As we continue with our look at the Past Continuous or Imperfect Tense, we only have one piece of business left to do as far as putting it together goes and that is to look at the only three irregular verbs. Yes, I did say three because that’s how few there are. In fact, I think I am correct in saying that this tense is the one with the fewest irregular verbs in the whole Spanish language.
Our three verbs are Ser, Ir and Ver, so let’s look at Ser first.
When would we use this verb in this way?
First of all to give a description of a person or a scene:
El hombre era alto.
The man was tall.
Las casas eran muy pequeñas.
The houses were very small
¿Eras un buen estudiante?
Were you a good student?
Another common use of Ser is when describing a number of people as in the phrase:
Éramos diez personas en la clase.
There were ten of us in the class.
In addition, we use this form of Ser to talk about someone’s job in the past:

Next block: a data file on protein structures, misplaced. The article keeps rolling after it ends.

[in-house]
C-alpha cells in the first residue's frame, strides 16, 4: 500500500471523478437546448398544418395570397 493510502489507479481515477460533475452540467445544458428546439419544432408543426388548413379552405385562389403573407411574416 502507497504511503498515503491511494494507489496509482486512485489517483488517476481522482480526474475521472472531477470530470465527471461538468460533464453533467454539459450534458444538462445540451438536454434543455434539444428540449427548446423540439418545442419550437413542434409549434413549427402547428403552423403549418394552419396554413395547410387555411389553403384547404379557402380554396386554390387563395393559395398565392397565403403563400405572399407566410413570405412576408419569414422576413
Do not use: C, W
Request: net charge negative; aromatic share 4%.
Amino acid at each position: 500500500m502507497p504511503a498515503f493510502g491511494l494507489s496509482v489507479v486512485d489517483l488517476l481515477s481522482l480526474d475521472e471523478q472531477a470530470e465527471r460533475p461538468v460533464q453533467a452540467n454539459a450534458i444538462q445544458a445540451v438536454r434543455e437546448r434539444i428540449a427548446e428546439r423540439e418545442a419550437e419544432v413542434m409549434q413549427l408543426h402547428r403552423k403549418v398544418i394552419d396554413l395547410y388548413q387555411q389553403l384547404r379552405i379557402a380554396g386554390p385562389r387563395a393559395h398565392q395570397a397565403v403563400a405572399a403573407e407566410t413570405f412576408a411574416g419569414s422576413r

Yo era contable y mi marido era electricista.
I was an accountant and my husband was an electrician.
Our second irregular verb is Ir and it goes like this:
Here are some example sentences. Notice that the actual words of the translations can vary, but the sense is the same:
Yo iba a clase todos los días.
I used to go (went) to class every day.
El autobus iba a Barcelona los sábados.
The bus used to go (went) to Barcelona on Saturdays.
We can also use this form as a past tense version of voy a etc. (I’m going to) to express intention:
Voy a hablar con mi marido.
I’m going to talk to my husband.
Iba a hablar con mi marido.
I was going to talk to my husband.
This last type of statement contains the implication that in the end I didn’t do whatever it was (I was going to talk to my husband … but in the end I didn’t). Another example of this is when someone you were going to phone, phones you first and you say:
Te iba a llamar.
I was going to phone you.
Finally we have the verb Ver which is hardly irregular at all really. If it were entirely regular it would be vía, vías, vía (building the endings onto the root ‘v’), but for some reason we leave the extra ‘e’ in, which gives us:
That is as irregular as this Past Tense gets, which I think is pretty good. Here’s a sentence, (admittedly not a terribly interesting one), which uses all three verbs.
Cuando yo era niña, no veía mucha tele, sino iba a jugar en el parque con mis amigas.